This set of exercises, Common Topic, is more difficult to categorize by modern composition theory, but would likely fall under the descriptive essay. The students are learning how to amplify evil attributes. They will use all of the previous skills learned in the exercises—narrative, expository, and argumentative—but must now apply those skills in a more creative and natural way than the previous stages. The Common Topic exercises look more like an “essay.”
Classical Composition V: Common Topic Student Book
What if you could teach your child using the same writing program that produced such masters of the language as John Milton, William Shakespeare, and Benjamin Franklin? What if you could have the same composition curriculum used by Quintilian, the greatest teacher of ancient rhetoric, and Cicero, the greatest persuasive speaker of all time?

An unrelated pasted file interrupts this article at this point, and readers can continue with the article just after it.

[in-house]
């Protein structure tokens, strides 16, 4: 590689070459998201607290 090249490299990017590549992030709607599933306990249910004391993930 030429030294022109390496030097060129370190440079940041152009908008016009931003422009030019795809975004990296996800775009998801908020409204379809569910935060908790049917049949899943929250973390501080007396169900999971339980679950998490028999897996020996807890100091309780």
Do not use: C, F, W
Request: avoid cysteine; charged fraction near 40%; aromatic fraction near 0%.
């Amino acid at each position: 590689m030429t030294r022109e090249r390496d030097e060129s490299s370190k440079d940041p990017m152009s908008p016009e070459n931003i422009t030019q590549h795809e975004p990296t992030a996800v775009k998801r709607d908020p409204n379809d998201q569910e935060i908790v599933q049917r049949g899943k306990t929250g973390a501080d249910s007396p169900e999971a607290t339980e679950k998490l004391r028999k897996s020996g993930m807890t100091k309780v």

Jim Selby has blown the dust off the writing curriculum that was used in schools for over 1,500 years and put it in an easy-to-teach format that will revolutionize your home or private school curriculum. Presented clearly and systematically in a structured curriculum, Classical Composition will give you a clear road map to writing excellence.
Ancient writers invented a way of teaching writing known as the progymnasmata, which provided a method of teaching composition that not only taught budding writers a disciplined way to approach communication, but also helped them appeal to the heads of their audience. The progymnasmata gave them the stylistic tools to appeal to their hearts as well.
The greatest communicators of ancient times, Quintilian and Cicero among them, employed the progymnasmata to teach their students the art of communication. The 14 exercises, organized from the simplest and most basic to the most complex and sophisticated, were the core education of a classical speaker, designed to produce what Quintilian once called “the good man, speaking well.”